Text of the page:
hollow masonry units
Masonry units whose net corss-sectioned area in any plane parallel to the bearing surface is less than 75% of its gross cross-sectional area measured in the same plane.
honey locust (wood)
Wood of the species Gleditsia triacanthos, native to regions in North and South America, Africa, and Asia. It produces a high quality wood that polishes well, but is lighter and weaker than most locust wood. It is used for specialty furniture, wheel spokes, and posts.
A transparent red or brown variety of zircon, sometimes used as a gem.
Any of various crystalline or glassy rocks formed by the cooling and solidification of magma or other molten earth material. Igneous rocks comprise one of the three principal classes of rocks, the others being metamorphic and sedimentary.
Genus containing around 400 species of red- or black-berried plants, including the popular Christmas hollies grown for ornamentation. Timber from the holly has a fine uniform texture. The trees provide shelter, protection from predators, and food for birds, other animals, and insects; the berries are mildly poisonous to humans. Ilex is the only living genus in the family Aquifoliaceae.
Wood impregnated with thermosetting resin then subjected to heat and pressure to provide both resin curing and compression.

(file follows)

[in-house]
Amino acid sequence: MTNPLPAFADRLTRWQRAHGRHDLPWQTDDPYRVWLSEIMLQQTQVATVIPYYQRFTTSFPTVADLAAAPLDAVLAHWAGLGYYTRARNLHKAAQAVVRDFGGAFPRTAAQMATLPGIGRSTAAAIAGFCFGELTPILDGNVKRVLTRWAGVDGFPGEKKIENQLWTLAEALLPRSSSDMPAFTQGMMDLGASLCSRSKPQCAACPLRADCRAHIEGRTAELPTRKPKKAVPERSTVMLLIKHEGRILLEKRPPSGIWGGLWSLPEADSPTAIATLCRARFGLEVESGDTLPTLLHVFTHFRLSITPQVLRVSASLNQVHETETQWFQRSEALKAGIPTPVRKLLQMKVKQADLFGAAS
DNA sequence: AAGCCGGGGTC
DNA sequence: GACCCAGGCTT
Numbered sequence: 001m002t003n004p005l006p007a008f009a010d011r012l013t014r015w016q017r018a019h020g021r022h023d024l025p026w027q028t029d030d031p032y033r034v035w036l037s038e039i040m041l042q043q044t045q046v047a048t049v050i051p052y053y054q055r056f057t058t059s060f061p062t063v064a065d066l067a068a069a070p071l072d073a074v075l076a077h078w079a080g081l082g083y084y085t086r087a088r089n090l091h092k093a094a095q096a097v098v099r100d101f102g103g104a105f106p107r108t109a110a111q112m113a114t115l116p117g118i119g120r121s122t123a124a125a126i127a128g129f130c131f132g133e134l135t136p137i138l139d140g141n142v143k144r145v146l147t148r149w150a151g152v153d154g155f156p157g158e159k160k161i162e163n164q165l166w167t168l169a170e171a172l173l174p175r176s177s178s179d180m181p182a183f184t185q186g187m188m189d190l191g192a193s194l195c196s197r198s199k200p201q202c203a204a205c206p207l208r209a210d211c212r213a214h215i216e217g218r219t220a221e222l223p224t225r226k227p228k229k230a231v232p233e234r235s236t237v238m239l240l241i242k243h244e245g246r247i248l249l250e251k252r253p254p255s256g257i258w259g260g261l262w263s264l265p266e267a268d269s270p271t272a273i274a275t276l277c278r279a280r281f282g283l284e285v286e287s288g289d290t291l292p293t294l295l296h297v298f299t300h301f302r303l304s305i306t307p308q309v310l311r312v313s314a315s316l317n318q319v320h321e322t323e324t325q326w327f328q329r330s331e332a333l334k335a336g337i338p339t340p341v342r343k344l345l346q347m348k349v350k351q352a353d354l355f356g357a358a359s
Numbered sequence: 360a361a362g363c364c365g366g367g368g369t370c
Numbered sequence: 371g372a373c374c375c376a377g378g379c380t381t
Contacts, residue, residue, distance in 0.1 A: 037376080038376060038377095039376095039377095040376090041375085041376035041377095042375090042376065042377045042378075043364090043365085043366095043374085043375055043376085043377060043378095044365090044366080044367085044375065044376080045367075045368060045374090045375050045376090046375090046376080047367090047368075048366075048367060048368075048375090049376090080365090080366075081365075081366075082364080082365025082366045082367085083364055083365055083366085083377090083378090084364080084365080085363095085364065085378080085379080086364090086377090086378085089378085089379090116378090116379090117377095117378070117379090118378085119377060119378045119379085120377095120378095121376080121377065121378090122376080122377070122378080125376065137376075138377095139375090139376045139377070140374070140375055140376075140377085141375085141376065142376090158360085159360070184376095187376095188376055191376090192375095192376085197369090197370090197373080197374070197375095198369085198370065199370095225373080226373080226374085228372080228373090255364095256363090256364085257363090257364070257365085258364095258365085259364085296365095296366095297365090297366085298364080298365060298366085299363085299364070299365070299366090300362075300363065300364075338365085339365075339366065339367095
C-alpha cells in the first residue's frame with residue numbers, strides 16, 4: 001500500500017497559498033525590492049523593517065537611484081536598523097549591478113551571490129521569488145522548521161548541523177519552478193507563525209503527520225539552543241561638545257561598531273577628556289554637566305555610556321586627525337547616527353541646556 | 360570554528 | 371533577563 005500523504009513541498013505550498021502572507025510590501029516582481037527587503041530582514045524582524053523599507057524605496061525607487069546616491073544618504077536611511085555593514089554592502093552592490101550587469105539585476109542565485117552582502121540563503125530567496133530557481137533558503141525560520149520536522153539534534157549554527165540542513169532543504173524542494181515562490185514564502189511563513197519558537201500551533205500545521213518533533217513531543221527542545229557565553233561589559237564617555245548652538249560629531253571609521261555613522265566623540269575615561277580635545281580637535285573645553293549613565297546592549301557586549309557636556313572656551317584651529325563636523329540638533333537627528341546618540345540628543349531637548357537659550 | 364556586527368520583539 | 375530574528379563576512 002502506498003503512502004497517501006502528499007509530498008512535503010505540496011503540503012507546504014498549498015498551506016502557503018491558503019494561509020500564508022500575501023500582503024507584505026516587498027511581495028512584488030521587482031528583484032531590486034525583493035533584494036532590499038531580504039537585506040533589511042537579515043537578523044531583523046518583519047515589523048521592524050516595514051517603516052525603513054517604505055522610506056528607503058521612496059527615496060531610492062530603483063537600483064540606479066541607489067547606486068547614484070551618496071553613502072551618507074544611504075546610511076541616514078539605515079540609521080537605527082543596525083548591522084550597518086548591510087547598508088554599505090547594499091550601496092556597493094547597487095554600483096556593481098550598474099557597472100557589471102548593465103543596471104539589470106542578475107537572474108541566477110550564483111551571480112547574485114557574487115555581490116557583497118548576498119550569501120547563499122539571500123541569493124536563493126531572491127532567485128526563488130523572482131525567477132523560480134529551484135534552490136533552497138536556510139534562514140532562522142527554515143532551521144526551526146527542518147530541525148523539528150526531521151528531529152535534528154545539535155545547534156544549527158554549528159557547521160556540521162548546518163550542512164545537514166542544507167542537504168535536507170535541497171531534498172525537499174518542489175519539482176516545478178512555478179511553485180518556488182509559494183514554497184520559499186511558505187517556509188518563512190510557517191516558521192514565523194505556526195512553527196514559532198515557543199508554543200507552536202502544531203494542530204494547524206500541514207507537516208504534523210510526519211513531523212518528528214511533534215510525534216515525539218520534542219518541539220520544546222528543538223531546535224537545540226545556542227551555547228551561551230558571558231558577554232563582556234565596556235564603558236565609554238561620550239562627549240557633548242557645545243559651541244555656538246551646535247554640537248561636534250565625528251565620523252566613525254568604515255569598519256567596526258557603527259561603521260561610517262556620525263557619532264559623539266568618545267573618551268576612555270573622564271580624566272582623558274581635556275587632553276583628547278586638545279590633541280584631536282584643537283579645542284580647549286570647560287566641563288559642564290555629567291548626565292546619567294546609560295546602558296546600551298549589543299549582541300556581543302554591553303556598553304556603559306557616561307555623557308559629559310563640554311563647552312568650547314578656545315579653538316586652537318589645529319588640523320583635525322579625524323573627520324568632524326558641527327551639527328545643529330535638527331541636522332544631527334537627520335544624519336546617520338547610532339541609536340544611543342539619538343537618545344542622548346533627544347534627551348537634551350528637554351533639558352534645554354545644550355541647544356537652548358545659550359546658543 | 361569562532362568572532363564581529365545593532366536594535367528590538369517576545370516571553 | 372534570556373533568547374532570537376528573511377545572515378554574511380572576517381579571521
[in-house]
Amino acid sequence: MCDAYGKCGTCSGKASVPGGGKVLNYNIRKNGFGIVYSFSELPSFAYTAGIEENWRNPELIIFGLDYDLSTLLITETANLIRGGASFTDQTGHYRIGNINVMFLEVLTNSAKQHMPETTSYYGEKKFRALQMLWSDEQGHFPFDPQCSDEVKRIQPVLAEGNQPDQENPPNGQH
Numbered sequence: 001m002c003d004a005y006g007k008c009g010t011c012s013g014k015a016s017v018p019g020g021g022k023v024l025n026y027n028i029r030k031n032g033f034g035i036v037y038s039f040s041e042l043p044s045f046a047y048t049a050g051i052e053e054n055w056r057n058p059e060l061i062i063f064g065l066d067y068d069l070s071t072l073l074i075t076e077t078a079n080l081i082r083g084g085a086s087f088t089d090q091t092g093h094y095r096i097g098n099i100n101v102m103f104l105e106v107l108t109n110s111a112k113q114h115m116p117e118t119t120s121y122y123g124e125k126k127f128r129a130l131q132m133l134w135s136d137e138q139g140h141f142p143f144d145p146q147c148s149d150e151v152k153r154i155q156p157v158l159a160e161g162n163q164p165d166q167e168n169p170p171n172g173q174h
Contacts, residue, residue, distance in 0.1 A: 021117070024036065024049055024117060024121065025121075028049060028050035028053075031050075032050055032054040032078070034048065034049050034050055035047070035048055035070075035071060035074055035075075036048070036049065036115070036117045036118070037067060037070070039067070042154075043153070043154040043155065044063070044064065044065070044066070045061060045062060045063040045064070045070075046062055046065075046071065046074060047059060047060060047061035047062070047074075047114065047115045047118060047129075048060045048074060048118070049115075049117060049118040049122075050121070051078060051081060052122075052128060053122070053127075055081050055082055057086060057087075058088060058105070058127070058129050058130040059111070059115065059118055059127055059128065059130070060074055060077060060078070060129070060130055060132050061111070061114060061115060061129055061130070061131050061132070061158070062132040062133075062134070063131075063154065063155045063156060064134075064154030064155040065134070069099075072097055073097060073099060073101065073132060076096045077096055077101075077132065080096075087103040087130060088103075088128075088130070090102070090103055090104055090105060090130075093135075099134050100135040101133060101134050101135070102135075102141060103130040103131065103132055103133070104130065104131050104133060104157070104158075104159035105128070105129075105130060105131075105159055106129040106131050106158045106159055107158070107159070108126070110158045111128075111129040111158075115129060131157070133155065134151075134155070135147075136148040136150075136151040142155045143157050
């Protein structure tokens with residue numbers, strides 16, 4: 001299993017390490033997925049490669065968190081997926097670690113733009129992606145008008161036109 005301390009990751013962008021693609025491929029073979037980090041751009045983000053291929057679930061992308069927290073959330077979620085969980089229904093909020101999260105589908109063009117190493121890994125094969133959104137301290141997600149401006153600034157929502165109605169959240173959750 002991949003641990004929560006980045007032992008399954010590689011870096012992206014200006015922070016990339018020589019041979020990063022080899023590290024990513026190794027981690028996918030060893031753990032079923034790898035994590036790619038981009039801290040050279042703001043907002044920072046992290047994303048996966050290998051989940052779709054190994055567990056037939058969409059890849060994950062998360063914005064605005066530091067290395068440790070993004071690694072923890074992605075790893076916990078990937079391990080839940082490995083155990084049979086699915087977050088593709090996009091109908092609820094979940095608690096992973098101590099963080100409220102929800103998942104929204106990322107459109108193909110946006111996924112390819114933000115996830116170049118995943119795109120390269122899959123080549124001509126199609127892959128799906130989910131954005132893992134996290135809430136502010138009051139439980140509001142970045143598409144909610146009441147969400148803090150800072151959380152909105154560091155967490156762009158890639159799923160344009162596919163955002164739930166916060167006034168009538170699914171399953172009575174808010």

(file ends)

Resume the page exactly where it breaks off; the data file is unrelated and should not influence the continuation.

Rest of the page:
Indian red (pigment)
Synthetically produced brick red color iron oxide artists' pigment. Originally, the name "Indian red" was used for red earth pigments imported from the Persian Gulf and India; in the early 18th century, a synthetic Indian red composed of pure ferric oxide was made from steel mill wastes. It is a dense, opaque, permanent pigment.
A noncrystalline massive rock with aggregate filler and a matrix of 98% calcium carbonate in gray and buff colors; it is an oolitic limestone with small round grains resembling fish roe. Almost half of all the limestone used in the United States in block form is Indiana limestone.
Mass of any type of metal, cast into convenient shape for storage and transportation, to be rolled, forged, melted, or otherwise processed later. In some periods and cultures, such as in China, ancient Italy, and parts of Africa, they have been used as currency and as ceremonial objects.
Words, texts, lettering, or symbols marked on a work, including texts, legends, documentation notes, or commemoration. For standardized symbols or notations on objects that convey official information, use "marks (symbols)."